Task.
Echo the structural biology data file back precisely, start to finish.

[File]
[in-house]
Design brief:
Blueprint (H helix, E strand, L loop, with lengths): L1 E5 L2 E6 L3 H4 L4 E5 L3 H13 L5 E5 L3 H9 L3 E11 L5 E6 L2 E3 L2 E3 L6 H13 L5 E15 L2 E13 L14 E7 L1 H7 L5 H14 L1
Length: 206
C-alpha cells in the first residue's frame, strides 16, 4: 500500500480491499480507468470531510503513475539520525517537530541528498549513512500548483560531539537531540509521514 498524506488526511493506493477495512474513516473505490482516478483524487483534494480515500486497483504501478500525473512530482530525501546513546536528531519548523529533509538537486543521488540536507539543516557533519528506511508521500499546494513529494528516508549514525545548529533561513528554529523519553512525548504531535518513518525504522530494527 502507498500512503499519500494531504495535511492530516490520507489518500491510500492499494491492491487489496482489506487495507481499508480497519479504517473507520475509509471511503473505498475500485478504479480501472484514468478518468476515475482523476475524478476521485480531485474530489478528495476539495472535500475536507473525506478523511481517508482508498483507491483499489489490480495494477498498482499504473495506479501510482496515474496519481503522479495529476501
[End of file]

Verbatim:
[in-house]
Design brief:
Blueprint (H helix, E strand, L loop, with lengths): L1 E5 L2 E6 L3 H4 L4 E5 L3 H13 L5 E5 L3 H9 L3 E11 L5 E6 L2 E3 L2 E3 L6 H13 L5 E15 L2 E13 L14 E7 L1 H7 L5 H14 L1
Length: 206
C-alpha cells in the first residue's frame, strides 16, 4: 500500500480491499480507468470531510503513475539520525517537530541528498549513512500548483560531539537531540509521514 498524506488526511493506493477495512474513516473505490482516478483524487483534494480515500486497483504501478500525473512530482530525501546513546536528531519548523529533509538537486543521488540536507539543516557533519528506511508521500499546494513529494528516508549514525545548529533561513528554529523519553512525548504531535518513518525504522530494527 502507498500512503499519500494531504495535511492530516490520507489518500491510500492499494491492491487489496482489506487495507481499508480497519479504517473507520475509509471511503473505498475500485478504479480501472484514468478518468476515475482523476475524478476521485480531485474530489478528495476539495472535500475536507473525506478523511481517508482508498483507491483499489489490480495494477498498482499504473495506479501510482496515474496519481503522479495529476501